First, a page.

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Seagull Hurricane

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Tim Flyer08/11/2018 11:28:07
1269 forum posts
234 photos

Here is a picture of amended elevator set up the two clevises are now on the middle hole. The rudder is on the outer . f1e4fc26-33e0-4f3b-8b42-be26283e814e.jpeg

Jon - Laser Engines08/11/2018 11:29:59
5406 forum posts
263 photos

Im surprised to hear its nearly 18lbs, it felt lighter than that.

Not that it matters particularly, i dont think we used more than 1/2 throttle for normal flying about so power is not an issue.

Moving the horns on the elevator is a good idea. Once down to 35% on the rates it was time to move the linkage for sure, as long as the overall movement ends up the same its not going to be a problem

Tim Flyer08/11/2018 12:32:49
1269 forum posts
234 photos

Cheers Jon I agree. We were using very little throttle and I remember when flying it the nose going up on full throttle quite markedly. I remember you didn’t think it worth using washers behind the top engine mounts and firewall to lower thrust angle, but wondered if that is still the case. I’m not very technical on thrust lines and balancing I’m afraid.

Jon - Laser Engines08/11/2018 14:17:05
5406 forum posts
263 photos

it seemed that the pitch trim changes came with airspeed and not directly from the throttle as even when off throttle in a dive the model wanted to climb. Its something we can revisit and refine later if we choose to but for now i would not worry too much as too many changes can have unexpected results.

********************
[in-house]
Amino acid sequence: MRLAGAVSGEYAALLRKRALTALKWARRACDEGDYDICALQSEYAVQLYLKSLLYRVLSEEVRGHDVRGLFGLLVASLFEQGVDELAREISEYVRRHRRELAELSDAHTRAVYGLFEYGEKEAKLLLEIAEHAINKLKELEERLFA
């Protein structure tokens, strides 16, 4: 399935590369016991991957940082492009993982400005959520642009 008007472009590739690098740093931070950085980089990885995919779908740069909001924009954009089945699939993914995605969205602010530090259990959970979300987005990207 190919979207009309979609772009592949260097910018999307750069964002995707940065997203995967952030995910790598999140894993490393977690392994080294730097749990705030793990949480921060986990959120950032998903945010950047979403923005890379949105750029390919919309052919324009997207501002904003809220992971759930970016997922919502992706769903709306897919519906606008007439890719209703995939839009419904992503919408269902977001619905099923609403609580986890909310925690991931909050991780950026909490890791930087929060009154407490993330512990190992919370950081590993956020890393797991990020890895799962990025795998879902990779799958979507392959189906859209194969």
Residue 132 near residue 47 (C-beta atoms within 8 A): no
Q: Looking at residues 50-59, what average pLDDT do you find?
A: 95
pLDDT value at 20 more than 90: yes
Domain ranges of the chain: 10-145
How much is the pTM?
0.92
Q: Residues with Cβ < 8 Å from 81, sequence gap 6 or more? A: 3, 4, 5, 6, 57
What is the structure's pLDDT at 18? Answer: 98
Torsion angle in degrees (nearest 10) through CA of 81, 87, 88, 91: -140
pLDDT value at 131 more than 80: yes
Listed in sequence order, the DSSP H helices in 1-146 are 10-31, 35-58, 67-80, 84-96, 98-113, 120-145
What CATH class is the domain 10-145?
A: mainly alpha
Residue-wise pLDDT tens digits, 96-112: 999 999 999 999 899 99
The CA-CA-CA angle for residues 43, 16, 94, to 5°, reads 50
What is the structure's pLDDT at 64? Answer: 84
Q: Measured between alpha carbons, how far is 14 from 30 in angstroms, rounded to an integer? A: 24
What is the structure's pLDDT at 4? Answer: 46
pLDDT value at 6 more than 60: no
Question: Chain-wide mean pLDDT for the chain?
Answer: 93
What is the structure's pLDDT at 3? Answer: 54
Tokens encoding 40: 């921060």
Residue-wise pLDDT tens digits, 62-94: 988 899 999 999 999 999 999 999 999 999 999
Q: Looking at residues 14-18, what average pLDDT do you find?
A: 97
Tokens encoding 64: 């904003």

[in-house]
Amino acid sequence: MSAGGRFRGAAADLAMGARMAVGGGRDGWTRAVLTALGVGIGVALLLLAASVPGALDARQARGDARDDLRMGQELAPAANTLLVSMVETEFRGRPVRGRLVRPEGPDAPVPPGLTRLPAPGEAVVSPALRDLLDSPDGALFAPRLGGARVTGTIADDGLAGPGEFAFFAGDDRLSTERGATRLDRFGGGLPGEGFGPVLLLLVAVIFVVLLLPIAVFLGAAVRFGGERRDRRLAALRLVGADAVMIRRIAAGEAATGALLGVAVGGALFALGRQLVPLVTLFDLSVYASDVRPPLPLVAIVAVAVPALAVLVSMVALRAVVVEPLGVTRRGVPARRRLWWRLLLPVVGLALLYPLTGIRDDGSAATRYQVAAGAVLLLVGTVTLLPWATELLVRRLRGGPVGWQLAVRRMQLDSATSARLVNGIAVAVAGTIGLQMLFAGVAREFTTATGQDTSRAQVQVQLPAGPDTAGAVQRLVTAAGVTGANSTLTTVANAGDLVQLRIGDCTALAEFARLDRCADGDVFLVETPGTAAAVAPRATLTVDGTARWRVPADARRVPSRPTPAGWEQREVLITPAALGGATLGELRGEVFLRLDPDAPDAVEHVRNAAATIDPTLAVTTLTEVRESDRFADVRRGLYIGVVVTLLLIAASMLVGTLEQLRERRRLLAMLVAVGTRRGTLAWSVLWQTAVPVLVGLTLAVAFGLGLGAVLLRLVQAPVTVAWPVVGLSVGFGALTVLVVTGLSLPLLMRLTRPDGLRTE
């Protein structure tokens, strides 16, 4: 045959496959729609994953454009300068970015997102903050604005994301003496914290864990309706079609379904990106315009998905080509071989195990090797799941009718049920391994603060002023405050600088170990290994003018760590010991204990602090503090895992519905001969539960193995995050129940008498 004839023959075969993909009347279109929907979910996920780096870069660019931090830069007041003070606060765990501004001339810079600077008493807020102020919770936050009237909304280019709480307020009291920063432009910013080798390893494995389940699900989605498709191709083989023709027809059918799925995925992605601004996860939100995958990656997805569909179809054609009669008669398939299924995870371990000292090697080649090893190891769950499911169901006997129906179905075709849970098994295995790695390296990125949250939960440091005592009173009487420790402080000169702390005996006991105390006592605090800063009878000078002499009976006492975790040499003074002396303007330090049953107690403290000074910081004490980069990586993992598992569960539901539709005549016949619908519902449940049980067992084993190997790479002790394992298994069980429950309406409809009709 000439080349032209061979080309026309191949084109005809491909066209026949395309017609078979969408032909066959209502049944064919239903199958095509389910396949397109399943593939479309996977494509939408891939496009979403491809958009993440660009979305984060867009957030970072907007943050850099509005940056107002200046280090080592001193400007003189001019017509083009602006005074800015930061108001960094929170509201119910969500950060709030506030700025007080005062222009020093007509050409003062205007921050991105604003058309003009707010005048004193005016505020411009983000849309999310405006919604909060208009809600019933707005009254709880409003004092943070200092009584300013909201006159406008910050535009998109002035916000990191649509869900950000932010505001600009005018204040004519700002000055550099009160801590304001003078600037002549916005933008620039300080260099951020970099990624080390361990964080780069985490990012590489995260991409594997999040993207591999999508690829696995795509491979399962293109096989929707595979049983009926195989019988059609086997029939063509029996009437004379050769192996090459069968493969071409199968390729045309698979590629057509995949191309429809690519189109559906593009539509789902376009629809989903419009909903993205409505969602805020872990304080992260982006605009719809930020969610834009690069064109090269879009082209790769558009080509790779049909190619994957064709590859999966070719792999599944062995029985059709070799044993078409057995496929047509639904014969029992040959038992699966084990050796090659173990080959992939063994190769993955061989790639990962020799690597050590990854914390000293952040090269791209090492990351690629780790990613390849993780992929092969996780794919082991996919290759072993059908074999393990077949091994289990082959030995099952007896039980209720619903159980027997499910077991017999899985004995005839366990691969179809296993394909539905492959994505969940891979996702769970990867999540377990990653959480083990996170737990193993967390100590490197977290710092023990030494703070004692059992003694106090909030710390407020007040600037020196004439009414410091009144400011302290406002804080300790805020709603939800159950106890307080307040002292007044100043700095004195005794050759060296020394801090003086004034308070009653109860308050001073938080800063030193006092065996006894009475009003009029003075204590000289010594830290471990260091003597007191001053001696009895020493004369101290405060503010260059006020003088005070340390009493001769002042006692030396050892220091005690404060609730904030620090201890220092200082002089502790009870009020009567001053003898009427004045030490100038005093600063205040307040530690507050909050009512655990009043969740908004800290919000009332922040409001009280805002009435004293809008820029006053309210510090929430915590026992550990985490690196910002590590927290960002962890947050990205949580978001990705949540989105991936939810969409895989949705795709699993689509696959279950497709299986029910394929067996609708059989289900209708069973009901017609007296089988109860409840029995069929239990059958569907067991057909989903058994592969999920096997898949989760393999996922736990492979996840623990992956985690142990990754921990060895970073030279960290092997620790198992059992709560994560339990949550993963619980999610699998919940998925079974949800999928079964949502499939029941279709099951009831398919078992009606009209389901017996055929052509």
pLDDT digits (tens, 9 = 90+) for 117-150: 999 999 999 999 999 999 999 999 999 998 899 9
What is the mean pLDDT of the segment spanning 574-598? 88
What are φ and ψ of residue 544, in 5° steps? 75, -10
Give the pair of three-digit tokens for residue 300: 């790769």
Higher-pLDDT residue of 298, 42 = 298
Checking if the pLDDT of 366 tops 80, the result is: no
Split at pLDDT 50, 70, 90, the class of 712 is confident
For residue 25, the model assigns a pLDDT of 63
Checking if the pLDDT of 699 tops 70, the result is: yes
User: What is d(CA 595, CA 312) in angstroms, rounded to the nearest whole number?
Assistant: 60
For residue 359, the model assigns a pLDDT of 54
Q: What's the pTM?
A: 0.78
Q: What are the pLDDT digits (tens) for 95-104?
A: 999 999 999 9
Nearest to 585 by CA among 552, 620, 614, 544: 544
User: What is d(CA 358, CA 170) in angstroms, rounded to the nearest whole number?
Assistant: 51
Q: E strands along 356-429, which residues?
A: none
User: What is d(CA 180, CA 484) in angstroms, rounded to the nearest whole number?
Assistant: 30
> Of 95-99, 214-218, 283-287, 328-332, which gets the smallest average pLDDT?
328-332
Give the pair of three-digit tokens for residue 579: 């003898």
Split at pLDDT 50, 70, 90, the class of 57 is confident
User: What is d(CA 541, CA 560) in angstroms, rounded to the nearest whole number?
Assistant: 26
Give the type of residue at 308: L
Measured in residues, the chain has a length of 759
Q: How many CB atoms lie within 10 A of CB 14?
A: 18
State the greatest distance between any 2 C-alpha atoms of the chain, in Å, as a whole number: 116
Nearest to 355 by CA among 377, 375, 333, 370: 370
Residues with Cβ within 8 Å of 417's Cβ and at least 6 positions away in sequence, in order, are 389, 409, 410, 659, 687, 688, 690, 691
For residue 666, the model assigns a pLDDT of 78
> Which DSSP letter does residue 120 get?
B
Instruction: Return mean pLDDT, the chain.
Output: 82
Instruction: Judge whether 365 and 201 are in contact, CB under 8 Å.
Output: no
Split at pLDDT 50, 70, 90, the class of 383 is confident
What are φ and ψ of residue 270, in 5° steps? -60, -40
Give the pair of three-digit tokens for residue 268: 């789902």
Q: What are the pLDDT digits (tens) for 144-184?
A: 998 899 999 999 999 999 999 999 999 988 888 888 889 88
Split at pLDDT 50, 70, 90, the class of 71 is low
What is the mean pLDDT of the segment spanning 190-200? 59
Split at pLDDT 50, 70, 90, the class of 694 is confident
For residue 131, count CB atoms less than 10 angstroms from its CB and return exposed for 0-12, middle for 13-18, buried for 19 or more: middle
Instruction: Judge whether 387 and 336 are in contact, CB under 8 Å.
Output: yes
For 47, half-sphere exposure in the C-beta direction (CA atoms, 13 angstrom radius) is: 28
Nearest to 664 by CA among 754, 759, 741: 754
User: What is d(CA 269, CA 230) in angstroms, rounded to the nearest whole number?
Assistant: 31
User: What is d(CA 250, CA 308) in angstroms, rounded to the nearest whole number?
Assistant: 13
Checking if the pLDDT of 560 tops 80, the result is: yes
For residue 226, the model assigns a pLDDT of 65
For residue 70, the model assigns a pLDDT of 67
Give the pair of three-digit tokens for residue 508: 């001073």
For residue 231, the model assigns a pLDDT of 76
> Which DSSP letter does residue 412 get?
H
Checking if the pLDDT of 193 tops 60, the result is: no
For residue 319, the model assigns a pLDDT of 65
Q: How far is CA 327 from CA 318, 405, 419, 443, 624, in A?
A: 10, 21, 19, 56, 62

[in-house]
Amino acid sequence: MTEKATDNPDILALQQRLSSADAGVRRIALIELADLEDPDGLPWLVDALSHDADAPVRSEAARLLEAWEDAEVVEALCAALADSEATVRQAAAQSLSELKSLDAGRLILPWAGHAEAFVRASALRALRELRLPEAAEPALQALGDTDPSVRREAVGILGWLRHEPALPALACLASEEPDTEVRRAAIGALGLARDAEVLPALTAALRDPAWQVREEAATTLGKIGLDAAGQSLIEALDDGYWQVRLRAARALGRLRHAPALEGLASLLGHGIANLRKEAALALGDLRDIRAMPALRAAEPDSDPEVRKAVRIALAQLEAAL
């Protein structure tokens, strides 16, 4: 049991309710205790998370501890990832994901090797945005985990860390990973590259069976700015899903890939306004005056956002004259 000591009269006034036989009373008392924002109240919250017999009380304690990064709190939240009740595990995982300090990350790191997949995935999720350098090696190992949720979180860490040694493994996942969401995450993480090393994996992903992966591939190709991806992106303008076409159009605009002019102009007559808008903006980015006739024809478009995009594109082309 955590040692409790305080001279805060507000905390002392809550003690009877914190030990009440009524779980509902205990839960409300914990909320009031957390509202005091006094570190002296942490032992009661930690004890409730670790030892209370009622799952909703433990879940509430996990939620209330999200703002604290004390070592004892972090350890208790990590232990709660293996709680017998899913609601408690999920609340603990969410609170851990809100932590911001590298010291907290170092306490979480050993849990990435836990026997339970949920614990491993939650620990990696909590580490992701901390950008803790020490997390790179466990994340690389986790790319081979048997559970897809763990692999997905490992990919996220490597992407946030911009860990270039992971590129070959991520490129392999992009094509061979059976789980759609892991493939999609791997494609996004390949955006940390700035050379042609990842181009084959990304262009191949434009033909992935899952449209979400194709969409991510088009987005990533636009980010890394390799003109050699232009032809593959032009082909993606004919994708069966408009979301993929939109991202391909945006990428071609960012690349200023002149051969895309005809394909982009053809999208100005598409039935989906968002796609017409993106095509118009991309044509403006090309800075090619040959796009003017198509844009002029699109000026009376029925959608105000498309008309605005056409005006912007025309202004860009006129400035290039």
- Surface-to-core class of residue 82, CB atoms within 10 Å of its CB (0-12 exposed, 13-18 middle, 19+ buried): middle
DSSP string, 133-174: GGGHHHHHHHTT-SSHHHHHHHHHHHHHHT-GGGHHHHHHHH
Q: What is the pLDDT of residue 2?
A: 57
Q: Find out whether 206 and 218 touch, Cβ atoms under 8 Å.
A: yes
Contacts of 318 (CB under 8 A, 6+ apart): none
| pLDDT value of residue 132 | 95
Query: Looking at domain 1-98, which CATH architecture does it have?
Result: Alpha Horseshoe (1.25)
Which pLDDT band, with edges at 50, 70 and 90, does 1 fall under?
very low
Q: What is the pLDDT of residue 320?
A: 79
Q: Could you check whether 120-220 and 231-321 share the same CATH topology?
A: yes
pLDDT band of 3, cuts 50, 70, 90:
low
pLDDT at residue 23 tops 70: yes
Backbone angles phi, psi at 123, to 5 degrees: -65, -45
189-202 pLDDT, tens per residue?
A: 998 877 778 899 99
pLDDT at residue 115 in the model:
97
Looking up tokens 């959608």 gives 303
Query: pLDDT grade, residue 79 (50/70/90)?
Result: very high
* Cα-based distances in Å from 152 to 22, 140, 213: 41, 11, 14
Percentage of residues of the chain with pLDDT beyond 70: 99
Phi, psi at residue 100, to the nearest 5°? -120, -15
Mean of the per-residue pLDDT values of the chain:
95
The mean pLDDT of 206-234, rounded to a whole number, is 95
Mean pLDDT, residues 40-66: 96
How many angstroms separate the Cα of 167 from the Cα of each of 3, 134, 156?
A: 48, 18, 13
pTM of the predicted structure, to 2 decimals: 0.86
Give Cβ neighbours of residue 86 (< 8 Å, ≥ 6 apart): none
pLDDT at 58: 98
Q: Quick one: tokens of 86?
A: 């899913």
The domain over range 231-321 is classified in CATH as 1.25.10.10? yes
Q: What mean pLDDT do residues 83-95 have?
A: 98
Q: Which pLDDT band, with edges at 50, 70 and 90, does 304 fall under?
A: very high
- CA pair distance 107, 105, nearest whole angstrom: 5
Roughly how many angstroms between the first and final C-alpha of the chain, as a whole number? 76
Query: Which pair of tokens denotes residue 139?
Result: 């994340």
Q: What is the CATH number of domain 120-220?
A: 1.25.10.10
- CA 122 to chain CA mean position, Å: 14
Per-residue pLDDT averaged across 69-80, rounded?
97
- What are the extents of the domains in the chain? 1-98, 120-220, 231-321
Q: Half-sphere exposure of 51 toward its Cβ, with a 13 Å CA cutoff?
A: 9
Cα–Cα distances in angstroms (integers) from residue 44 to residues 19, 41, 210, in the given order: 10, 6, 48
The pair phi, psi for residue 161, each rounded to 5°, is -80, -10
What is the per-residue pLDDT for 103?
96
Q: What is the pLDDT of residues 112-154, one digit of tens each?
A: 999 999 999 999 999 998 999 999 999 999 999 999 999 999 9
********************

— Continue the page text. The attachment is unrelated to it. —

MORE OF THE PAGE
I think its just very pitch sensitive which is not uncommon for WWII fighters as we have discussed before. One thing that might also be worth while is changing the rates on the P47 so it feels more like the Hurricane and just practice flying with very small control inputs.

we can look at it all again next time you fly it

Tim Flyer08/11/2018 16:52:48
1269 forum posts
234 photos

Cheers Jon . Thank You again for explaining.

Geoff S08/11/2018 17:19:04
3576 forum posts
14 photos

I think this is the same model a club member maidened earlier in the year. His is electric on 10S LiPos but I don't think that would affect the flying characteristics.

It was maidened by one of the club's aces and he had a little trouble with it (but I can't remember what) it flew well once trimmed out like yours. I think aileron trim was the problem but the landing was OK but the model nosed over. The grass patch rather than the tarmac had been chosen.

I witnessed the second flight, too. This time the owner/builder flew and it was great but once more, despite a really good approach it nosed over with a little damage to the motor mount. Les (the owner) is a self employed high quality joiner/cabinet maker so his woodwork is exemplary. The repairs looked to be fairly straight forward.

It seems nosing over on landing might be an issue which could be lack of elevator at landing speed with flaps but from what you say here it's very sensitive in pitch. I've had the same problem with my Mew Gull and solved it by bending the u/c legs forward - but now I can't fit the spats which spoils the look somewhat.

It is a lovely looking model with great presence in the air (even on electric ) and I'm sure, once sorted, will be a joy. It's bit too big for me but Les has a huge van he uses for his work so transporting models that size isn't a problem.